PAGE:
In 2019, the maximum total IRA contributions is $6,000 (without catch-up contributions).
What are the 2018 IRA contribution limits?
The contribution limits for 2018 are $5,500 per year for those under the age of 50. If you are 50 and older, you can contribute an additional $1,000 per year in catch-up contributions, for a total of $6,500 per year.
What are the 2019 IRA contribution limits?
The 2019 contribution limits have been increased to $6,000. Catch-up contributions for those over 50 can contribute an extra $1,000 for a total of $7,000 per year.
What are the 2020 IRA Contribution Limits?
The 2020 contribution limits remain at $6000. Catch-up contributions for those over 50 can contribute an extra $1,000 for a total of $7,000 per year.
Future years' contribution limits are subject to change on irs.gov
Can I contribute to both a Traditional IRA and Roth IRA?
Yes, but your contributions are aggregated. You can still only contribute up to the 2019 limit after adding your contributions together. For example, $3,000 to a Traditional IRA and $3,000 to a Roth IRA would max out your 2019 contributions to IRAs of $6000.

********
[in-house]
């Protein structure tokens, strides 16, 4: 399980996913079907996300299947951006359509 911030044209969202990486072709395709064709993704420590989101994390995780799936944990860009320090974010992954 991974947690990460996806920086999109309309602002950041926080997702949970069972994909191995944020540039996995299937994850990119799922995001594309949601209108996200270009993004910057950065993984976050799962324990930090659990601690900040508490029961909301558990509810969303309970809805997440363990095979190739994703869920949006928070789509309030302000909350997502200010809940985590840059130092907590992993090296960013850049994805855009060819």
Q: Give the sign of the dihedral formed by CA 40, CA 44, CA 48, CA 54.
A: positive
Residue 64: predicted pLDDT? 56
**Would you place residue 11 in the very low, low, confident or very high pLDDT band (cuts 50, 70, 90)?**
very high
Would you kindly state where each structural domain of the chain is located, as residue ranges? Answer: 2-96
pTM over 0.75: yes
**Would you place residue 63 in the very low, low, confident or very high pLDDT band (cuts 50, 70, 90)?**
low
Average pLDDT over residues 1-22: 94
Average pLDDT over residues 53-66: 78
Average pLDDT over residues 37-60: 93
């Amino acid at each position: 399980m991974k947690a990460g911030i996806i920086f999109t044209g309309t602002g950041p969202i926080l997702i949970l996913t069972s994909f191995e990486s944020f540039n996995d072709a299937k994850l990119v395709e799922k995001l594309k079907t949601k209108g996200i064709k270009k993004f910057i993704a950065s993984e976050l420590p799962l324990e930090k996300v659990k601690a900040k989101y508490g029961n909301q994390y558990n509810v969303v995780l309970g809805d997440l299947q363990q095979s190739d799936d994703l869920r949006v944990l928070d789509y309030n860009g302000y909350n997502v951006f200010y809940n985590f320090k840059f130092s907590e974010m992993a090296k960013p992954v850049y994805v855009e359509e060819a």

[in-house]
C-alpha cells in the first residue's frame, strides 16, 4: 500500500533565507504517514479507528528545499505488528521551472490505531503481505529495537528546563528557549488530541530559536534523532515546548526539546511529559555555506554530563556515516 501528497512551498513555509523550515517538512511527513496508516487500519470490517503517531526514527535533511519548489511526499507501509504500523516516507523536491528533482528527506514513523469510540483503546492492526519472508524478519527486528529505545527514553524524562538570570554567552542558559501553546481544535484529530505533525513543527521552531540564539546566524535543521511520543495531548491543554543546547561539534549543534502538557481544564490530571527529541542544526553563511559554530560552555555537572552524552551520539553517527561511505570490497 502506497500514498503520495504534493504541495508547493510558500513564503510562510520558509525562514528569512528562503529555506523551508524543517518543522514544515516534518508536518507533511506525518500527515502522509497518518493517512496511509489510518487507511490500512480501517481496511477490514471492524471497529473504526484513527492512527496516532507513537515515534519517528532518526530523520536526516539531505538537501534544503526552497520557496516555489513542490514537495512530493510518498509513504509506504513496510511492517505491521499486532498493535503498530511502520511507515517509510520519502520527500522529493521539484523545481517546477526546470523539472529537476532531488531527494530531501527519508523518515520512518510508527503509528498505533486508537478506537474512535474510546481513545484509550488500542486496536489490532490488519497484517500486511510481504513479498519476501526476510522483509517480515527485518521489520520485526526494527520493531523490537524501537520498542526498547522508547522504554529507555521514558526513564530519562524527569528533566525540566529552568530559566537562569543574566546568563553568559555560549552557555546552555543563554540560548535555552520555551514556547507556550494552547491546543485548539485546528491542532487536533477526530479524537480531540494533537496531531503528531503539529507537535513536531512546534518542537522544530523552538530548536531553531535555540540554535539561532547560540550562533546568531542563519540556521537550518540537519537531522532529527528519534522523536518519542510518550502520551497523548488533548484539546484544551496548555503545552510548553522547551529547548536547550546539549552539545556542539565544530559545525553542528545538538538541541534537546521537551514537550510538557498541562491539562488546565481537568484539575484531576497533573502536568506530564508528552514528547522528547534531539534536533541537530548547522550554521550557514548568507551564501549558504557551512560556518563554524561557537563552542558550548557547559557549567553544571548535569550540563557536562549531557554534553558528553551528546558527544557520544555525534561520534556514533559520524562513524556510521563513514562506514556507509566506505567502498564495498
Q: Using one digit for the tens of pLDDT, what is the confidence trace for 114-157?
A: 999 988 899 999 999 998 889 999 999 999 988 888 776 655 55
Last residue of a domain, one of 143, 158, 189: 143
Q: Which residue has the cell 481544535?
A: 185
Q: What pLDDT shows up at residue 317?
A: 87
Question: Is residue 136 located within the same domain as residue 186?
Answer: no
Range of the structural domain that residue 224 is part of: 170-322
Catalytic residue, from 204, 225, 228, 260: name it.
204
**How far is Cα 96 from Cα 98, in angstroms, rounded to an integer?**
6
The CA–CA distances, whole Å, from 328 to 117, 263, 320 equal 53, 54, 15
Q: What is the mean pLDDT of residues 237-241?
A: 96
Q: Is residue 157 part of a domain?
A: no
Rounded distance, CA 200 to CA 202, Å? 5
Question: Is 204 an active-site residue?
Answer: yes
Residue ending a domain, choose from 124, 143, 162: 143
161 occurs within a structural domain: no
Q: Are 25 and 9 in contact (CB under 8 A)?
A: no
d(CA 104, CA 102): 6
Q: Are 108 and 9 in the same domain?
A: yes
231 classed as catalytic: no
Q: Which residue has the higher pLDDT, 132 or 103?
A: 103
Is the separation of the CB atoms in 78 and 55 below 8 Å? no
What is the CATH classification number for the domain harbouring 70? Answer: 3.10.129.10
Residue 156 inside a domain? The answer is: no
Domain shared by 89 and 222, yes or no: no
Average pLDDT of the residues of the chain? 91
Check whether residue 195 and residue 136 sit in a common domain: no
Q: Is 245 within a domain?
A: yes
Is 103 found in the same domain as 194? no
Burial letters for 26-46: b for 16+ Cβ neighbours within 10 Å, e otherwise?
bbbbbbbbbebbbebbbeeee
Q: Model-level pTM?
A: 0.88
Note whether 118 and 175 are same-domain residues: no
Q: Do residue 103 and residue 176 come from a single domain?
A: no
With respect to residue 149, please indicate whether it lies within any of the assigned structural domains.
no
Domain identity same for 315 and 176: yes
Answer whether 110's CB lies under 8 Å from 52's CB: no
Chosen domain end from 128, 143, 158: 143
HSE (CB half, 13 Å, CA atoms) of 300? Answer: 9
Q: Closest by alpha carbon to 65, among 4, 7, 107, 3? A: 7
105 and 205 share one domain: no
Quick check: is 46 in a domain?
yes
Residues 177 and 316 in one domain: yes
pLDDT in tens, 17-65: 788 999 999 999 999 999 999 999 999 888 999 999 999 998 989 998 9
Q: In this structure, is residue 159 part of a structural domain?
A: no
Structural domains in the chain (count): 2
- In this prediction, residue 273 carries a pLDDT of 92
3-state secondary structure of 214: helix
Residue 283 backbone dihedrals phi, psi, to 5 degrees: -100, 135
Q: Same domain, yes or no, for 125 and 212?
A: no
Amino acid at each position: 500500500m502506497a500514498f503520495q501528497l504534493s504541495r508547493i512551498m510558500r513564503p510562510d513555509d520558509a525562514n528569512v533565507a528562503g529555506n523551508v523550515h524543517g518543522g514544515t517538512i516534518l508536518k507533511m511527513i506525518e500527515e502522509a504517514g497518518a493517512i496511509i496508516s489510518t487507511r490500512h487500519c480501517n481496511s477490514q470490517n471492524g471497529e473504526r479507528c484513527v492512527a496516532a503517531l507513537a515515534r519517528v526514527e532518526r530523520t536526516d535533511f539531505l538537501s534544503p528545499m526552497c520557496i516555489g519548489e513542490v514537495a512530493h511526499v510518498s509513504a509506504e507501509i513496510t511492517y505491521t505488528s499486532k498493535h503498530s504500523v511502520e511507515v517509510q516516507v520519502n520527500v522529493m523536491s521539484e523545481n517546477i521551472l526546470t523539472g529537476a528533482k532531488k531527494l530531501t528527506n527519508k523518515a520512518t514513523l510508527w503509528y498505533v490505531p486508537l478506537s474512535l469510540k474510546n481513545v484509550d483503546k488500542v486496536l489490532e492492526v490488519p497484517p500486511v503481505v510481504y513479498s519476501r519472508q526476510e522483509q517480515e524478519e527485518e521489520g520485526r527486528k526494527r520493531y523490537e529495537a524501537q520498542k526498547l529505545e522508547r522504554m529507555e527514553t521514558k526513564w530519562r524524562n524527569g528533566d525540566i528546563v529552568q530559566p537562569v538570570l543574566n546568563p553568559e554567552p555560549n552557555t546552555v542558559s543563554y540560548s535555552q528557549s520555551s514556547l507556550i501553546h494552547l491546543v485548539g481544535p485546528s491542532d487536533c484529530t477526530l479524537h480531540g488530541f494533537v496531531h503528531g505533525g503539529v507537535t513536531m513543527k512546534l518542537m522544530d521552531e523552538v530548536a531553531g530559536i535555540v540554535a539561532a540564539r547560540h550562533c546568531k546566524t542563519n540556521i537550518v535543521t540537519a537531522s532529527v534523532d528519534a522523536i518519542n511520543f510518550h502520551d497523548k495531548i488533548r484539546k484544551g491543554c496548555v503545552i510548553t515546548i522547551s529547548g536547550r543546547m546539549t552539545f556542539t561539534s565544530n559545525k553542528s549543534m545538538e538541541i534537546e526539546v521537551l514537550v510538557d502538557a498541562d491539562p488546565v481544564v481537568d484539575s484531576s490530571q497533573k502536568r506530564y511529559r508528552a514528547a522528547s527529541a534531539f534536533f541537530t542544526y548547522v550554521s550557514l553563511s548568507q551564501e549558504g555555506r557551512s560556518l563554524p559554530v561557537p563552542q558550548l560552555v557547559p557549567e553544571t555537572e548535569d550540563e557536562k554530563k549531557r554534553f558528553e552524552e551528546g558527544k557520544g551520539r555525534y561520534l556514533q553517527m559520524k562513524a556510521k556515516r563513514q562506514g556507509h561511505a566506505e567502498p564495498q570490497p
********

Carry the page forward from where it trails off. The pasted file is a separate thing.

Does it matter if my spouse contributes?
It does not matter if your spouse contributes. You can both contribute the full amount for which you qualify to an IRA. Your IRAs are never combined or tied to your spouse in any way, and should not be mixed with each other unless there was a settlement in a separation.
What about if I have a 401(k) or Solo 401(k) that I'm contributing to as well?
You can contribute to a normal 401(k) and a (Traditional or Roth) IRA. Be sure to report your modified adjusted gross income correctly.
Want to read more?
- Choosing between Rocket Dollar's Self-Directed Roth IRA or Rocket Dollar's Self-Directed Traditional IRA? Find the one that is best for you!
- Are you self-employed? See how setting up a Rocket Dollar Self Directed Solo 401(k) can increase your contribution ceiling and shield your hard-earned income from taxes!